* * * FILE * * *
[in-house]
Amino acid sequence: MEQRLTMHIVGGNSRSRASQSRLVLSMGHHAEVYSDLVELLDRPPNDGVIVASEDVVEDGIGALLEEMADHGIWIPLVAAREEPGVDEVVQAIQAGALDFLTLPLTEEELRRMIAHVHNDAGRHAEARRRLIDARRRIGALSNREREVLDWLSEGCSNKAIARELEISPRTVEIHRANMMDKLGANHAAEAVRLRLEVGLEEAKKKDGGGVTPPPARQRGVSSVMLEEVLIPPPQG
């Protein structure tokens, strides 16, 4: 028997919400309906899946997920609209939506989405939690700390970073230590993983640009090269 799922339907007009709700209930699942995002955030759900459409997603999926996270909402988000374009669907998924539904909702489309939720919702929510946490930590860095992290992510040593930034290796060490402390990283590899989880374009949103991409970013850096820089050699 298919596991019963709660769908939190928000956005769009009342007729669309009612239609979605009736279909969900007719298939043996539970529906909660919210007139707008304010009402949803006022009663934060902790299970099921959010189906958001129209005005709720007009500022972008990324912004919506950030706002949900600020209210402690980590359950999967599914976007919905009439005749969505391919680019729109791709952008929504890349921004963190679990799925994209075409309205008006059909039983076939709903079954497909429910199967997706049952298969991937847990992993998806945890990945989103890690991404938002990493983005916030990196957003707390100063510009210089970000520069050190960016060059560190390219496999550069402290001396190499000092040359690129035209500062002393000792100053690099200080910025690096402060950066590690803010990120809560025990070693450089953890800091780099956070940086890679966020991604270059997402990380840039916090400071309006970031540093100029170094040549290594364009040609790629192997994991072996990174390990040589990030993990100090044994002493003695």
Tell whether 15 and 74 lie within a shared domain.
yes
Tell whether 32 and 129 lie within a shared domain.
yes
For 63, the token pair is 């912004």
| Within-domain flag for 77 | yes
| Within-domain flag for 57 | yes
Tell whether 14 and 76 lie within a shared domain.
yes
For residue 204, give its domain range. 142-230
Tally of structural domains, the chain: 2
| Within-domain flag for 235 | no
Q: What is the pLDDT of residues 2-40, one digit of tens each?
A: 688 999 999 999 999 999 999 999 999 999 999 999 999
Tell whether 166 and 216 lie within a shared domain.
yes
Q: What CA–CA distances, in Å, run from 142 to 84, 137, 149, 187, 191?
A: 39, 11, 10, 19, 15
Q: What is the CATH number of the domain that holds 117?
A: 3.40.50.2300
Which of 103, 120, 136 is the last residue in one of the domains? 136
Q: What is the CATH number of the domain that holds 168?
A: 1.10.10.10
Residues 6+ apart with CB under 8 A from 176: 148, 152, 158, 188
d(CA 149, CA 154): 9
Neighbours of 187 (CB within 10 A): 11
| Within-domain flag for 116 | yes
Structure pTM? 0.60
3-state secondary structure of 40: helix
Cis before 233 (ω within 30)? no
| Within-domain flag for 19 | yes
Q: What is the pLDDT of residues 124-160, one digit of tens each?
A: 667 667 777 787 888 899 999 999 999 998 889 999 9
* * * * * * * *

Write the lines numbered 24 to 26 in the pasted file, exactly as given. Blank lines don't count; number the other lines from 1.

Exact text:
Which of 103, 120, 136 is the last residue in one of the domains? 136
Q: What is the CATH number of the domain that holds 168?
A: 1.10.10.10